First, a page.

return new OkObjectResult($"Item added to blob with Id = {data.Id}");

public class TodoDto
    public string Id { get; set; }
    public string Title { get; set; }
    public string Description { get; set; }
    public bool IsCompletd { get; set; }

CloudBlobContainer references the container in which our blob resides. If the container does not exists, we could create it using the CloudBlobContainer.CreateIfNotExistsAsync method.

Since we want to store our data in a Block Blob, we use CloudBlockBlob.GetBlockBlobReference method to get reference to the blob and use the CloudBlockBlob.UploadTextAsync method to upload the text data to the blob, referred by the blob name. In our first example, it is a Guid(followed by a string .json – but this is only for bringing more clarity to content of blob, you could choose a different name as well).

That was pretty clean, thanks to the rich set of APIs defined by Microsoft. There is however a behavior one needs to be aware of. If we were to upload text again to the same blob (refered by same blob name), the content would be replaced.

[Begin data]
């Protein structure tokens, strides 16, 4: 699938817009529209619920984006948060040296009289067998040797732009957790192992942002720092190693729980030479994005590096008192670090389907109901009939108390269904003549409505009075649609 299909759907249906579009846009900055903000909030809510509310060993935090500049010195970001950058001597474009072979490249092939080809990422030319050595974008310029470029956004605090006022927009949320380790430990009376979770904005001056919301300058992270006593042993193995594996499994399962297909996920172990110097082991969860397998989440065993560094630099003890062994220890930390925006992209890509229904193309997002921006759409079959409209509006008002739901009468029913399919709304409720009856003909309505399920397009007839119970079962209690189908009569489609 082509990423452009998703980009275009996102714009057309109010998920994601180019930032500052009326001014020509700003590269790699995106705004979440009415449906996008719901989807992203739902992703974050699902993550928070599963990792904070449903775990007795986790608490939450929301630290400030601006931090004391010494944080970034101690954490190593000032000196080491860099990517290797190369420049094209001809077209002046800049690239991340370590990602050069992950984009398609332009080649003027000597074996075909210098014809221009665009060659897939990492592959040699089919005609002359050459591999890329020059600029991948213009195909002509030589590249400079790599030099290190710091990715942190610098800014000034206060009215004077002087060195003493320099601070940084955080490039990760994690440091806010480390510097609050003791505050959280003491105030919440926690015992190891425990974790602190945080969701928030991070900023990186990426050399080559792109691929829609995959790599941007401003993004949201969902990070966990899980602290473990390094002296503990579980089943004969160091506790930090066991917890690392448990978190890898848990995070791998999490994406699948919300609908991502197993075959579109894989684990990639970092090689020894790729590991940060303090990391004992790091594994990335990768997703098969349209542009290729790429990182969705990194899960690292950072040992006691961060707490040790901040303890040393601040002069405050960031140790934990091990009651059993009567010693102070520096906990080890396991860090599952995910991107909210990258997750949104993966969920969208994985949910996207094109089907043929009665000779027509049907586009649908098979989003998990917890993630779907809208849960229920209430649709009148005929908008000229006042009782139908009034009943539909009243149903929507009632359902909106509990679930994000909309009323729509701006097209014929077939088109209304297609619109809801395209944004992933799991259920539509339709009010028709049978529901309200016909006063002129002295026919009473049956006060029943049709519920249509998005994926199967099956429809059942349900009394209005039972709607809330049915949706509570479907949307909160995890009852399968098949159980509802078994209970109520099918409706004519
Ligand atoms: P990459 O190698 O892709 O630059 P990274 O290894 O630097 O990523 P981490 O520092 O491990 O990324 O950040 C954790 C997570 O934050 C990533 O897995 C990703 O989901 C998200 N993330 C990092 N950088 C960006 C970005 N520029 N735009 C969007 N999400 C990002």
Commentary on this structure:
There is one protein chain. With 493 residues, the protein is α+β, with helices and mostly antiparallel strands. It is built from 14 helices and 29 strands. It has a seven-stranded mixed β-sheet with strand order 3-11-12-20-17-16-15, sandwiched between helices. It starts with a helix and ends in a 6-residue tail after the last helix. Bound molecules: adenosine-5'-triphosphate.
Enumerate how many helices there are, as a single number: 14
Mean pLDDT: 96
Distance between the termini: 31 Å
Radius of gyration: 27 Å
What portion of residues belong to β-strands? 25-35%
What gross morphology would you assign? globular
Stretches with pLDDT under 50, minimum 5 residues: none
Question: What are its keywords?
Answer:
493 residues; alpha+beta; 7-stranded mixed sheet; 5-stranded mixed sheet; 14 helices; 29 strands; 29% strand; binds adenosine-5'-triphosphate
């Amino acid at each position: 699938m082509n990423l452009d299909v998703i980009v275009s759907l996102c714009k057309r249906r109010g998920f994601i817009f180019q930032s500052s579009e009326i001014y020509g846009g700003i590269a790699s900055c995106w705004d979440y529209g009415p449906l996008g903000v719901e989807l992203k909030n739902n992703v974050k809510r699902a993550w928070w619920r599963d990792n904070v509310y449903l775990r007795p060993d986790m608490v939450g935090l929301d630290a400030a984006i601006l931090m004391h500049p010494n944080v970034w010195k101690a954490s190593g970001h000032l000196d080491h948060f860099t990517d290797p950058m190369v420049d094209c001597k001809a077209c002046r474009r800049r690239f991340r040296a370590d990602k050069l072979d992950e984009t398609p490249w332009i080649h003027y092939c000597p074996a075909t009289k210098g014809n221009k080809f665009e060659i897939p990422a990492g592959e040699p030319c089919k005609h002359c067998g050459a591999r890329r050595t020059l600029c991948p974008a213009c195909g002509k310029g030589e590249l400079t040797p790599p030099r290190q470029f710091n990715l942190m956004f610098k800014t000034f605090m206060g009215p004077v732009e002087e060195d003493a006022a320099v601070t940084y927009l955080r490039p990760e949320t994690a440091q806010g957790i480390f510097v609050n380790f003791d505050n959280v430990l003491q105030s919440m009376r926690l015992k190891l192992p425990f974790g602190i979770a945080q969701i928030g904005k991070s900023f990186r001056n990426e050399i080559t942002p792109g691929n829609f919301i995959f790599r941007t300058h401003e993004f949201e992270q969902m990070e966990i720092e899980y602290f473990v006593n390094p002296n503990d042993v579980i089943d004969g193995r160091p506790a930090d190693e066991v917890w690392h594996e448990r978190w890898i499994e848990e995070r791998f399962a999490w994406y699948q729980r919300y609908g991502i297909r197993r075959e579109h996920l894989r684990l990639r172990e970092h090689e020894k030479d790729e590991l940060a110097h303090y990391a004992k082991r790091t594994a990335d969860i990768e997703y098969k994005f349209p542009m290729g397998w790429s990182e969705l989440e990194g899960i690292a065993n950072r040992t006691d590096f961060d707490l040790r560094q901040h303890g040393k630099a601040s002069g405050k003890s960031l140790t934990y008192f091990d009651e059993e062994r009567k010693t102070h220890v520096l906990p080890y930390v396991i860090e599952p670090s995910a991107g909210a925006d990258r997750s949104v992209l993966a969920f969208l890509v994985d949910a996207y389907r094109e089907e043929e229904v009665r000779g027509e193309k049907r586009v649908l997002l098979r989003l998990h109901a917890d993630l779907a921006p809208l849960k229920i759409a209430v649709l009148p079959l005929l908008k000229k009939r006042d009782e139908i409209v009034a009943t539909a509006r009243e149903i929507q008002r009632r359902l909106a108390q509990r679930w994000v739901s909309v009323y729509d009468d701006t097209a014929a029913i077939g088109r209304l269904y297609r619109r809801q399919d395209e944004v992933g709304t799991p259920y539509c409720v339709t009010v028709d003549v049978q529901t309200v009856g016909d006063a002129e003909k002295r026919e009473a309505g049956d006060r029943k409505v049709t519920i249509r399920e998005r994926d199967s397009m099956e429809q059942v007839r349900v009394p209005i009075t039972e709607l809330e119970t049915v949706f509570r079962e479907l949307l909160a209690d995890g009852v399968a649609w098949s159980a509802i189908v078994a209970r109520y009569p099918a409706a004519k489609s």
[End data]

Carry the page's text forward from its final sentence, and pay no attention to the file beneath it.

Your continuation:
Upload a file to Block Blob

As the second example, let us attempt to upload an image file to the blob.

public static async Task<IActionResult> UploadFileBlockBlob(
    [HttpTrigger(AuthorizationLevel.Anonymous, "post", Route = null)] HttpRequest req,
    [Blob("todos")] CloudBlobContainer blobContainer,
    ILogger log
    string key = req.Query["key"];
    var data = req.Form.Files["file"];
    using (var stream = data.OpenReadStream())
        var blob = blobContainer.GetBlockBlobReference(key);
        await blob.UploadFromStreamAsync(stream);
    return new OkObjectResult($"Item added to blob with Id = {key}");

In this example, we are retrieving the contents of the file from the HttpRequest and using the CloudBlockBlob.UploadFromStreamAsync method to upload the file to the blob.

Of course, Bindings are applicable here as well, and you could reduce fair bit of code with help of output binding.

public static async Task<IActionResult> UploadFileBlockBlobBinding(